University education offers a variety of learning and teaching methods and learning contexts. In recent years, the education on offer has expanded significantly to include IT programmes in the form of online courses and MOOCs. But do these really work? Are today's students – educated via these modern teaching methods – really equipped to tackle the complex problems of tomorrow? Prof. Perry den Brok, professor of Education and Learning Sciences at Wageningen University & Research, explains the road to the educational ecosystem of the future in his inaugural address on 20 September.
In his address, Professor Den Brok describes the lack of knowledge about the effects of educational approaches and learning environments. 'There are countless teaching methods in academia intended to help students achieve their academic goals: lectures, group work, practical courses and newer methods, such as online education, in which student-lecturer contact is organised very differently. At the same time, we want to train students to become experts with specialised knowledge, skills and insights, and with an attitude that suits their professional environments. The problem is that we don't really know the effects of these teaching methods,' explains Professor Den Brok in his inaugural address entitled 'Cultivating the growth of life-science graduates: on the role of educational ecosystems'. 'We lack the necessary information to determine the value of learning scenarios and teaching methods,' he continues. ' The practical developments in education are at a more advanced stage than knowledge about their effectiveness.'
Educational innovations at WUR are currently evaluated too sporadically. 'We don't know which supportive IT developments work and which don't. Virtually no comparisons are available.'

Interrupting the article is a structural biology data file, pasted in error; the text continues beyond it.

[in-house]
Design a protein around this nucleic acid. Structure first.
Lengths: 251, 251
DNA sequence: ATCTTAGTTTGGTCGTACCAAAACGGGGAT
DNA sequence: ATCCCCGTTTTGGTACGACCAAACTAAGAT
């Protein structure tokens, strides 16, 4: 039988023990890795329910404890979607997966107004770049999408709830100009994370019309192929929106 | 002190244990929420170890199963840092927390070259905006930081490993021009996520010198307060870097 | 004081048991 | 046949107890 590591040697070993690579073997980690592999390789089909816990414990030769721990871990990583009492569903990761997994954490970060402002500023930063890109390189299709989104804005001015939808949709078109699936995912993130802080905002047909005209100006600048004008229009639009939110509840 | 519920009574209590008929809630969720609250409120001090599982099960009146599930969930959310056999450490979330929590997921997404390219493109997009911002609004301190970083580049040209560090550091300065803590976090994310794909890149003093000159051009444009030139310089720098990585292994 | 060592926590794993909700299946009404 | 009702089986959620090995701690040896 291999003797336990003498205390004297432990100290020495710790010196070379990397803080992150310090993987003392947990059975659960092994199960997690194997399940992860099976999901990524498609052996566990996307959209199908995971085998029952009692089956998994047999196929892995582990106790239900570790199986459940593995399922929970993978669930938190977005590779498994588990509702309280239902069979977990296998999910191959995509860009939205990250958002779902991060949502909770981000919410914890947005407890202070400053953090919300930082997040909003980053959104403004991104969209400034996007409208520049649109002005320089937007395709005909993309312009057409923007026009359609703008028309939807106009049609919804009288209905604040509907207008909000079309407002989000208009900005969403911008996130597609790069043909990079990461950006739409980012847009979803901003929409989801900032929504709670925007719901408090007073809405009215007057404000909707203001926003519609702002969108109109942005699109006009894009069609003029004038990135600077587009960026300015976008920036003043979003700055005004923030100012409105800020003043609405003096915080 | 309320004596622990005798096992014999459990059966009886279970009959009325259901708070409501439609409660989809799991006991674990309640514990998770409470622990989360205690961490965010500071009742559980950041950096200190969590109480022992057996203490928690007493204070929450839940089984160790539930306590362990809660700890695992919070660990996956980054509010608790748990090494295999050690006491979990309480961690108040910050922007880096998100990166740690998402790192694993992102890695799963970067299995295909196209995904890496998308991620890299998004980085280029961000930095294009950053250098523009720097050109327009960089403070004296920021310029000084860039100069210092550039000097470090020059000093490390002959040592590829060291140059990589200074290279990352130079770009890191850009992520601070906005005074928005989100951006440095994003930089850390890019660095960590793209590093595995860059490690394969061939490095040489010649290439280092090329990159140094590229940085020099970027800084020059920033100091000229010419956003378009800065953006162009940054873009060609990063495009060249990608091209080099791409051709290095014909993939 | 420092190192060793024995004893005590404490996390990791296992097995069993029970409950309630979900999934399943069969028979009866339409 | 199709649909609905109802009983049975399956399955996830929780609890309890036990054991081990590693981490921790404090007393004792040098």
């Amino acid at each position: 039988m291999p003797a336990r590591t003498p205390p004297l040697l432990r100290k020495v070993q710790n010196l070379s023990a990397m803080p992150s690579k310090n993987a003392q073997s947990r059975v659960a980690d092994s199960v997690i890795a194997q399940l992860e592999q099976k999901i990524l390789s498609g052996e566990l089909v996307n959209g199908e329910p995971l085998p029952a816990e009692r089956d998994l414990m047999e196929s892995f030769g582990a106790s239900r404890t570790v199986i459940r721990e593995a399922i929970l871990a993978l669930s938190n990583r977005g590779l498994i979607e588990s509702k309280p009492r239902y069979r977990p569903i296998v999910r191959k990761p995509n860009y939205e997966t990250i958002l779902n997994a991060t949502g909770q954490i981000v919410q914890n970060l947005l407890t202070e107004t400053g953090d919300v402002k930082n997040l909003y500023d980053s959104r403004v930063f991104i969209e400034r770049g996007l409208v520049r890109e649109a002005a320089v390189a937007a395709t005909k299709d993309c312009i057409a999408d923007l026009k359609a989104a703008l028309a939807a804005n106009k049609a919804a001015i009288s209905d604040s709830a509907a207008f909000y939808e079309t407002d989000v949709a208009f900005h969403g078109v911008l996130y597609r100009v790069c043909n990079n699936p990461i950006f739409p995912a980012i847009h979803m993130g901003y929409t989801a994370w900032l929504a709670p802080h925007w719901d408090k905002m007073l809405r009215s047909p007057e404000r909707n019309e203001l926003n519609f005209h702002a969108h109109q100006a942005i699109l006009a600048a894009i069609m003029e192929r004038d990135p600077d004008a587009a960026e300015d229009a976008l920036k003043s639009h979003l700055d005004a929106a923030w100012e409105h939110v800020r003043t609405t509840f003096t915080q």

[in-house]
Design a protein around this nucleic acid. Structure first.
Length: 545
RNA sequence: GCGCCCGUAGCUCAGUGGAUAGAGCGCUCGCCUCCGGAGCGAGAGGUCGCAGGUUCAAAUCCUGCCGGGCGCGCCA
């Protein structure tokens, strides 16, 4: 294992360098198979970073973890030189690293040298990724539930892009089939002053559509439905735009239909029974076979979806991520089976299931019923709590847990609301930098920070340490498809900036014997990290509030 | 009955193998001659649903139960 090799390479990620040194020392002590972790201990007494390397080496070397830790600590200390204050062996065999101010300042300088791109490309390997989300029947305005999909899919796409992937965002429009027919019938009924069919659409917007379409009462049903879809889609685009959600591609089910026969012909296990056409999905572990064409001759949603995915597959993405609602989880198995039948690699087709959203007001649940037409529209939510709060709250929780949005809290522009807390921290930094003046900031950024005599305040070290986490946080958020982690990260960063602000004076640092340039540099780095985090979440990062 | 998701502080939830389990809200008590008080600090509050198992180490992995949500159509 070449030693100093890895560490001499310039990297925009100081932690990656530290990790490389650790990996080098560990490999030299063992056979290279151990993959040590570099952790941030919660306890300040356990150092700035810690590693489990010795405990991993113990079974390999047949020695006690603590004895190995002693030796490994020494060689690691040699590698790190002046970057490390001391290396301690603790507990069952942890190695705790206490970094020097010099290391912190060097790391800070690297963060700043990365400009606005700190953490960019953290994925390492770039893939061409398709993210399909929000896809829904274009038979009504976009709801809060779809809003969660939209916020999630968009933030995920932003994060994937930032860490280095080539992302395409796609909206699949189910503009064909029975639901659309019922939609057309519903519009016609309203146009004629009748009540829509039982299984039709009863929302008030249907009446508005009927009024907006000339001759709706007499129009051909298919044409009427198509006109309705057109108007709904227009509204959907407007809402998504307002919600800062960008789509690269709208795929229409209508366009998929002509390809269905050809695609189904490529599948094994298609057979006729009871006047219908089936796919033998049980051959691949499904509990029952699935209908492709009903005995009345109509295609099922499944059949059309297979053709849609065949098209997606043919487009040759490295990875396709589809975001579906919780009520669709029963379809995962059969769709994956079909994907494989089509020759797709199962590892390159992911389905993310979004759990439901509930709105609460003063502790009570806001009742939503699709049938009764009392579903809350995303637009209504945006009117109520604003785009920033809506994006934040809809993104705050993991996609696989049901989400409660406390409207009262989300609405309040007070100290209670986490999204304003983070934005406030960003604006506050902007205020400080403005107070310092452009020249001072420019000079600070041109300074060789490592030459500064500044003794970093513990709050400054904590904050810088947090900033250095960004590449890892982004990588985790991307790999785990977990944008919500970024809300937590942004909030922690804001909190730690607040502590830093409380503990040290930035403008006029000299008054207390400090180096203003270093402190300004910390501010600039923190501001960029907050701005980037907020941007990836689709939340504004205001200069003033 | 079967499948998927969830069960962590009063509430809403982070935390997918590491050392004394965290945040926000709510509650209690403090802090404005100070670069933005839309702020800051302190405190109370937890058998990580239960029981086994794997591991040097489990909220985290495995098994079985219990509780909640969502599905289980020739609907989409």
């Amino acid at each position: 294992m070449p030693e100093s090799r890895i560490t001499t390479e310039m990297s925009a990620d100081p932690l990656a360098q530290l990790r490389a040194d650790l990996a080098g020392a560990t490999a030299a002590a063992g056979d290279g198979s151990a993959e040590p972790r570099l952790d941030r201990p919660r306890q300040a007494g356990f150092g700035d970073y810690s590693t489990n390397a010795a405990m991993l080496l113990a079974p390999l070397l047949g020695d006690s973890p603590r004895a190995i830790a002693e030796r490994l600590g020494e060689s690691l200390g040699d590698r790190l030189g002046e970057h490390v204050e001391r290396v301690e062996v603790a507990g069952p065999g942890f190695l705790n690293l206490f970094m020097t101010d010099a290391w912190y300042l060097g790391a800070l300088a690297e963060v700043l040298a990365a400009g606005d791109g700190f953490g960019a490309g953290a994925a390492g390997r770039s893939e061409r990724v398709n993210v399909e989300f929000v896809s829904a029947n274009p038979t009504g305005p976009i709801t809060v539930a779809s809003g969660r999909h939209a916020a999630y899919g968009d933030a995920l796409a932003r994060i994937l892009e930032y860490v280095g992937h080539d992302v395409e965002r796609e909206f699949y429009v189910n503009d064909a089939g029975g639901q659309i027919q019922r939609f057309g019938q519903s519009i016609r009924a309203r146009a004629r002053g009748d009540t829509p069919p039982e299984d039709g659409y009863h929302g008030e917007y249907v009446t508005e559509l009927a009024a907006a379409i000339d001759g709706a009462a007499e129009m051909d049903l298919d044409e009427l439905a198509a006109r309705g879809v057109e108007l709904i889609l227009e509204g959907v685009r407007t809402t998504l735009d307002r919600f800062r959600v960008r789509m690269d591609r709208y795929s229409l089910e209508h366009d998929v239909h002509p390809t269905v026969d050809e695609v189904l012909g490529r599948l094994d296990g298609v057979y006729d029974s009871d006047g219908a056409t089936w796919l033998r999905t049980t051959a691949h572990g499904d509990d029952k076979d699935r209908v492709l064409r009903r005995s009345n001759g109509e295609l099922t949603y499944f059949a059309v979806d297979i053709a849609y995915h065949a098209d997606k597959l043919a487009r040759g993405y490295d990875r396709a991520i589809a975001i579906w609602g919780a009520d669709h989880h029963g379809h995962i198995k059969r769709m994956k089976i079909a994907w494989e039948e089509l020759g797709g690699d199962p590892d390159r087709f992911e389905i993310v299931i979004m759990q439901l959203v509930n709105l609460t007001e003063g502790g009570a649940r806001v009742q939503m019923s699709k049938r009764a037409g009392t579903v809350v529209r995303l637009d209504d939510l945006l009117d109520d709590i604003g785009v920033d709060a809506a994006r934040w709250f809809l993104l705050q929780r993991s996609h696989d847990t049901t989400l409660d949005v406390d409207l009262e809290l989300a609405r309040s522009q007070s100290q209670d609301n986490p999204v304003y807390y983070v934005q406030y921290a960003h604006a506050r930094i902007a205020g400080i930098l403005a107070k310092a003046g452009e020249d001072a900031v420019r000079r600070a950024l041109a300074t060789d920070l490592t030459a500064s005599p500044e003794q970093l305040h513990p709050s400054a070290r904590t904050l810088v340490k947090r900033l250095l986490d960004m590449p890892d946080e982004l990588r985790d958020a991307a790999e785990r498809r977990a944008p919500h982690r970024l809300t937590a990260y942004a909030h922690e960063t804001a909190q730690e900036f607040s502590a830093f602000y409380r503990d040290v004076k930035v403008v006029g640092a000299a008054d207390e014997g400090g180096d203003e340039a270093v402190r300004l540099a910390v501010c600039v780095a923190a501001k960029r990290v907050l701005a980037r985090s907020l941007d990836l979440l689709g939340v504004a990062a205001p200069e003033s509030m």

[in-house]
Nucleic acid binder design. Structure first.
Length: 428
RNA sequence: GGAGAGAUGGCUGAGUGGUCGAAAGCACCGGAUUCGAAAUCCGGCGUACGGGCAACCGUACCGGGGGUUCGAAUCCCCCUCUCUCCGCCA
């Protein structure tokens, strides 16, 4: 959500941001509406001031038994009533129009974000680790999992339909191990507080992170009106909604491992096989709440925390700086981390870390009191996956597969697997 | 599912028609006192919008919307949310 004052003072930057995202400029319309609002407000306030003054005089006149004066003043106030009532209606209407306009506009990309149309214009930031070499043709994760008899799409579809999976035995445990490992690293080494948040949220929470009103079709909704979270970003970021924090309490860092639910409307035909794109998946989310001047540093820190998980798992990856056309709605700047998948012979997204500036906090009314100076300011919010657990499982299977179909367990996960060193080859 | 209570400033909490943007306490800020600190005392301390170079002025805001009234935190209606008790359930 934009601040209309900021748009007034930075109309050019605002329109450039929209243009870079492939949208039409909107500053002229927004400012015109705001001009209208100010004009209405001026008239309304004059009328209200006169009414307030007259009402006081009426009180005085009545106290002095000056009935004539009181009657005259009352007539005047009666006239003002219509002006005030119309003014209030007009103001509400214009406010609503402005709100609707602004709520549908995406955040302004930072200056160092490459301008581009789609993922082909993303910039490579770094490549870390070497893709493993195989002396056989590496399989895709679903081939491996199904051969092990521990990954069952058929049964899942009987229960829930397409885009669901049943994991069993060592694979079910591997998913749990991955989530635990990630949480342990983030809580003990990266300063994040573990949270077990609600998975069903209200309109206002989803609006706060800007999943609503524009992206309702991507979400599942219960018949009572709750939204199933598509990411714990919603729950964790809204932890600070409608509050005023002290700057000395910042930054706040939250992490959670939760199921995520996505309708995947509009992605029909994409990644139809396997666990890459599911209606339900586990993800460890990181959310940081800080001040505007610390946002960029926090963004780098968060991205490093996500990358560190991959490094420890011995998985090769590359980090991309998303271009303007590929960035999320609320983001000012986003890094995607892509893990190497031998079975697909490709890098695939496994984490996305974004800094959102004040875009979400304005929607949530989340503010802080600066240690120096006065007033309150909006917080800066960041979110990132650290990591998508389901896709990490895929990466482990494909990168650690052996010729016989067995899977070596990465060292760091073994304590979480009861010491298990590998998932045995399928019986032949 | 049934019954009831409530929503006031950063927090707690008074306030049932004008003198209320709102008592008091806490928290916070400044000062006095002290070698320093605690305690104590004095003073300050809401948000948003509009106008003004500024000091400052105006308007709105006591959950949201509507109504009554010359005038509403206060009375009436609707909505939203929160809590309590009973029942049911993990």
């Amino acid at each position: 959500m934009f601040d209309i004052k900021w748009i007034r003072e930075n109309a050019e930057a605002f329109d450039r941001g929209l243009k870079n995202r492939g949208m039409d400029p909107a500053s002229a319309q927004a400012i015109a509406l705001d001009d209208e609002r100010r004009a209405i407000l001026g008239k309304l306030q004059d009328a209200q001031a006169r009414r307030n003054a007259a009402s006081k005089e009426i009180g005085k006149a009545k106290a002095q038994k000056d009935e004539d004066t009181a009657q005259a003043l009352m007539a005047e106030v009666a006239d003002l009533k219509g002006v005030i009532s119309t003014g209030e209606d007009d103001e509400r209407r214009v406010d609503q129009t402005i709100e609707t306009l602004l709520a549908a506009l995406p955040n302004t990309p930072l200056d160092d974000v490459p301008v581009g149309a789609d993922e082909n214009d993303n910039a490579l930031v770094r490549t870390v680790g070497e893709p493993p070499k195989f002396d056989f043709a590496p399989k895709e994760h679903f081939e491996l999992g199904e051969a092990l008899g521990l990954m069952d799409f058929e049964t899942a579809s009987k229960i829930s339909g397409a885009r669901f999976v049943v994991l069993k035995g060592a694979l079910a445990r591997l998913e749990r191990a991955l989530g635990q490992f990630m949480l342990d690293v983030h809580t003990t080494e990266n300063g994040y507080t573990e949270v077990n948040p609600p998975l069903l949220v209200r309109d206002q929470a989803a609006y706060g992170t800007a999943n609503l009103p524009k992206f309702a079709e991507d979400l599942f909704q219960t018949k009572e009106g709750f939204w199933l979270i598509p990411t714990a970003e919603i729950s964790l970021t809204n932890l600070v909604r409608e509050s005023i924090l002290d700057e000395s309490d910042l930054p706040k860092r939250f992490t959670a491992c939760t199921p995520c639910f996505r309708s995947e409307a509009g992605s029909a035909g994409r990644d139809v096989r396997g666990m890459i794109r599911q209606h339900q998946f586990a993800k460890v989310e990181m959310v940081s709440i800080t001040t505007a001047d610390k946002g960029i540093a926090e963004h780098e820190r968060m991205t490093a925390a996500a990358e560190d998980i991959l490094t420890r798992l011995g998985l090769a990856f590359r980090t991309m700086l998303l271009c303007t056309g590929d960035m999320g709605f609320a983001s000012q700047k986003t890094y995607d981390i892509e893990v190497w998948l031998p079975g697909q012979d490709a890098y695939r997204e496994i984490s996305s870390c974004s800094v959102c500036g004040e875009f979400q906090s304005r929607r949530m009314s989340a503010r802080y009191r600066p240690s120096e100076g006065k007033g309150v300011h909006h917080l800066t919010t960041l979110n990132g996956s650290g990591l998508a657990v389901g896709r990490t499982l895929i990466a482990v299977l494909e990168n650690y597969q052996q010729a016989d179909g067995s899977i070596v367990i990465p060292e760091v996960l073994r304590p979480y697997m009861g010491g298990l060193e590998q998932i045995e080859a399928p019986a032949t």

At the same time, the society of today and tomorrow calls for a new type of graduate, particularly in the field of life sciences. They are expected to possess new knowledge, new qualities and new competences in the future. 'Developing these outcomes calls for other learning processes than our traditional learning environment can provide. We need an educational ecosystem,' says Professor Den Brok.
The need for the knowledge, competences and skills that the new generation of graduates will need are described in the Sustainable Development Goals (SDGs) as formulated by the United Nations, as well as in the national vision on green education. Education should prepare students to deal with these goals and challenges. According to the WUR educational vision, students are expected to demonstrate state-of-the-art scientific knowledge; to be critical, inquisitive and creative in their thought processes; to have a talent for policy and the market; to work together in a flexible, analytical, reflective and intercultural way; to have a talent for writing, debating and argumentation; to possess the necessary design and technical skills; to be enterprising and capable of interdisciplinary collaboration; and to demonstrate leadership and strive for excellence. 'According to this list, the graduates of the future are expected to become superheroes', says the professor.
In order to achieve this superhero status, students must participate in robust, relevant, authentic and effective activities that stimulate the acquisition and development of qualities and competences. This requires an excellent learning environment and highly-qualified educators. According to Den Brok, a better word for such a learning environment is an 'educational ecosystem', which not only includes fixed elements, such as the physical environment and student-lecturer interactions, but all living and non-living elements and players and their interactions, similar to a complex and dynamic natural ecosystem like a coral reef. It is important to understand how and why relationships and networks are formed (e.g. between students) and how learning materials are used. A consequence of such a complex educational ecosystem is that it requires a complex evaluation. That evaluation is carried out at Wageningen University by Den Brok and his research group. Wageningen also works with the other four technical universities, for example in the 4TU Centre for Engineering education, of which Den Brok was appointed president last week.